11 May 2010
After years of repeated flooding, hundreds of Belfast residents live in fear of heavy rain – but a new Red Cross report points the way ahead for coping better with future flood emergencies.
The British Red Cross today (11 May) publishes a new research study – Living in fear of the rain – that explores the long-lasting psychological and emotional effects of flooding in Belfast.
The study’s findings outline the ongoing emotional turmoil and financial hardship faced by householders living in high-risk areas. Many residents have been repeatedly flooded in recent years, often with devastating personal consequences.
Plan for recovery
Crucially, it also suggests ways in which statutory agencies, the voluntary sector and communities themselves could improve the response to future flooding. The Red Cross’ main recommendations include: identifying the most vulnerable householders in advance, improving co-ordination between statutory agencies and providing portable ‘resilience kits’ for every household.
Joanne McKenna, emergency response manager, said: “Our research clearly shows that those affected by flooding need more help than they presently receive, both in recovering from recent events and planning for future flooding. They are suffering from stress, anxiety and financial hardship that goes on long after the floodwaters have subsided.”
She added: “Many people are frightened to leave their properties for any period of time, some have been financially ruined and in other cases families have been separated because their homes still aren’t safe or healthy for their children to live in.”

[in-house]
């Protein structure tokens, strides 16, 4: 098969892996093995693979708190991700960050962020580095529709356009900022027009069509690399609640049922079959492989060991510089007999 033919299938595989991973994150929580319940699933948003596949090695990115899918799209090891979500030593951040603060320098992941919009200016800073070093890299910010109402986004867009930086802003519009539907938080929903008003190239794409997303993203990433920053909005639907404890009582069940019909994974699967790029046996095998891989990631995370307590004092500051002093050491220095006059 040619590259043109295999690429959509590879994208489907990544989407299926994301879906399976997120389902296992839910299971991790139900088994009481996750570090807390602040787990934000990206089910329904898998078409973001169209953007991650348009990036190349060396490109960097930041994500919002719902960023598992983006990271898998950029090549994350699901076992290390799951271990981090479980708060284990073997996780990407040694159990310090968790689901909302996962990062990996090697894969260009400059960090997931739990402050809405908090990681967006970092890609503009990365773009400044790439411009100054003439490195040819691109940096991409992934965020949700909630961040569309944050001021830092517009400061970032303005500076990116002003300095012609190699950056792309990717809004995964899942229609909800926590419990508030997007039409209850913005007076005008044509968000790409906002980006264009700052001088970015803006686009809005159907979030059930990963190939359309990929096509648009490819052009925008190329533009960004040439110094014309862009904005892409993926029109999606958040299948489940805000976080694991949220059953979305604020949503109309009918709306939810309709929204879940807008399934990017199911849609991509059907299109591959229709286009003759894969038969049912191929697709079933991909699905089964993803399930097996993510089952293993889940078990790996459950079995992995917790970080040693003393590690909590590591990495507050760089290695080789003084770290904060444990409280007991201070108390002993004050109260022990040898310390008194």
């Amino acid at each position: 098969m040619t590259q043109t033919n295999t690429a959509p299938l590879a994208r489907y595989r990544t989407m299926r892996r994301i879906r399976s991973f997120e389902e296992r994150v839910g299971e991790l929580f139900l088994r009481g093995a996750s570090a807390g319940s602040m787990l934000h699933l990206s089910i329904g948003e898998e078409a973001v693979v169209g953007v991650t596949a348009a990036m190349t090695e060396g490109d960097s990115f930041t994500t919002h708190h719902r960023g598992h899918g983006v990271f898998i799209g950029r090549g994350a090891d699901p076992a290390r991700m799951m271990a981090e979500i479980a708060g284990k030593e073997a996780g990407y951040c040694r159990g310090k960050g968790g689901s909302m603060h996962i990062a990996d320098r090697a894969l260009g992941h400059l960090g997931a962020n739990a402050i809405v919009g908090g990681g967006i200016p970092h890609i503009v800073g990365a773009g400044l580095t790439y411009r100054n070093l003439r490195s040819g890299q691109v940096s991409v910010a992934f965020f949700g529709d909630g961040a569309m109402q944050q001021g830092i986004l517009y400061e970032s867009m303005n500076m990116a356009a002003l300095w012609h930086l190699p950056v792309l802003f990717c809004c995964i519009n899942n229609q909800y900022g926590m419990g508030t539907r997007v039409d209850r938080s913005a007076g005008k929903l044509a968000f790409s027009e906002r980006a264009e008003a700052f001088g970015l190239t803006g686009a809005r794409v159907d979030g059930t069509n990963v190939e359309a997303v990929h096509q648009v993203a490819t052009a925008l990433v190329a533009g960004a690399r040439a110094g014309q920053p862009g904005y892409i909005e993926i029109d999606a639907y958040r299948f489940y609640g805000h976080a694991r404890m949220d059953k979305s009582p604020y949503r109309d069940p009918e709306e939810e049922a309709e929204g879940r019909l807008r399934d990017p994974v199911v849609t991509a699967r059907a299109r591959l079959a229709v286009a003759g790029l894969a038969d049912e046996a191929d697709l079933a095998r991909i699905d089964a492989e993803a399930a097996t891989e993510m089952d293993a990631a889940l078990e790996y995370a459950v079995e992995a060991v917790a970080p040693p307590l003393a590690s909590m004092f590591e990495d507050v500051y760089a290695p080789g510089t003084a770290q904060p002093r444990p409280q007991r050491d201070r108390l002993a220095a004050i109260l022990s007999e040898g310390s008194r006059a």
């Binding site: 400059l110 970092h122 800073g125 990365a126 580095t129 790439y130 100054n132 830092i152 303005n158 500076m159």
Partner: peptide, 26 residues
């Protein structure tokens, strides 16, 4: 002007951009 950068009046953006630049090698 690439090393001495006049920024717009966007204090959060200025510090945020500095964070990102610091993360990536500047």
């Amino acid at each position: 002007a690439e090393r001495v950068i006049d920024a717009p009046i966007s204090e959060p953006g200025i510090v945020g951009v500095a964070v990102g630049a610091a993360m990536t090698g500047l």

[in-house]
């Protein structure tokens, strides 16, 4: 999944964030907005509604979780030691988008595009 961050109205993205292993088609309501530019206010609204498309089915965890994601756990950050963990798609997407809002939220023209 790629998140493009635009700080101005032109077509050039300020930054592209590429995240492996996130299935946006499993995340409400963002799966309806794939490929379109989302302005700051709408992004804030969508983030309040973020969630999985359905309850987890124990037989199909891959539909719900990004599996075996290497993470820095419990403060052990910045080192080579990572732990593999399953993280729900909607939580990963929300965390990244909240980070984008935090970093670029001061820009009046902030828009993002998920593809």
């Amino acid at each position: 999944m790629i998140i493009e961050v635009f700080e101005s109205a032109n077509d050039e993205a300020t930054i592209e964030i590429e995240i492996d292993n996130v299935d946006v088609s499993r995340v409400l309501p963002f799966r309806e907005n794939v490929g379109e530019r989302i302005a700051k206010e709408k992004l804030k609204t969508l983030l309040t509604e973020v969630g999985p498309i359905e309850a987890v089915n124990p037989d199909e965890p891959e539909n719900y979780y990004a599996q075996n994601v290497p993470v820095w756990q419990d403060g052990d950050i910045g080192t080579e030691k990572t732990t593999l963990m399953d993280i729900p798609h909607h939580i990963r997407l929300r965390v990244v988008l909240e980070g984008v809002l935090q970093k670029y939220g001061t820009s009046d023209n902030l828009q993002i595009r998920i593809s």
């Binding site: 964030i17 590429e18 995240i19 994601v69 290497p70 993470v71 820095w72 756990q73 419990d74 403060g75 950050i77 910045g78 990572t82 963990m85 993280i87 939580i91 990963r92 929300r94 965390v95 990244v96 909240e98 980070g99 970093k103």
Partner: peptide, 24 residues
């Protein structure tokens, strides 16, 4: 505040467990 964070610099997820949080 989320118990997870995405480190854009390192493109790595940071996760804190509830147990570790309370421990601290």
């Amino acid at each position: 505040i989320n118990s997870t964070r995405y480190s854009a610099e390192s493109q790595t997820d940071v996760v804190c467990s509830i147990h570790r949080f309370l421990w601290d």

Quick and effective help
One major problem following a flooding incident is that people aren’t always sure who to turn to for help. Residents need to determine the type of floodwater in order to contact the relevant agency, which can be confusing and stressful at a very difficult time. The new study calls for a more joined-up approach from relevant agencies to ensure flood victims can quickly get the right kind of help.
Davy Neill of Belfast Resilience Forum said: “The Red Cross has provided an excellent piece of research on the impact of flooding from a victim’s perspective. I sincerely hope it will focus the minds of everyone in the emergency response community to ensure plans are written with those who are impacted in mind.”
The publication is the result of a year-long research project carried out by the British Red Cross in response to a request by Belfast Resilience Forum.
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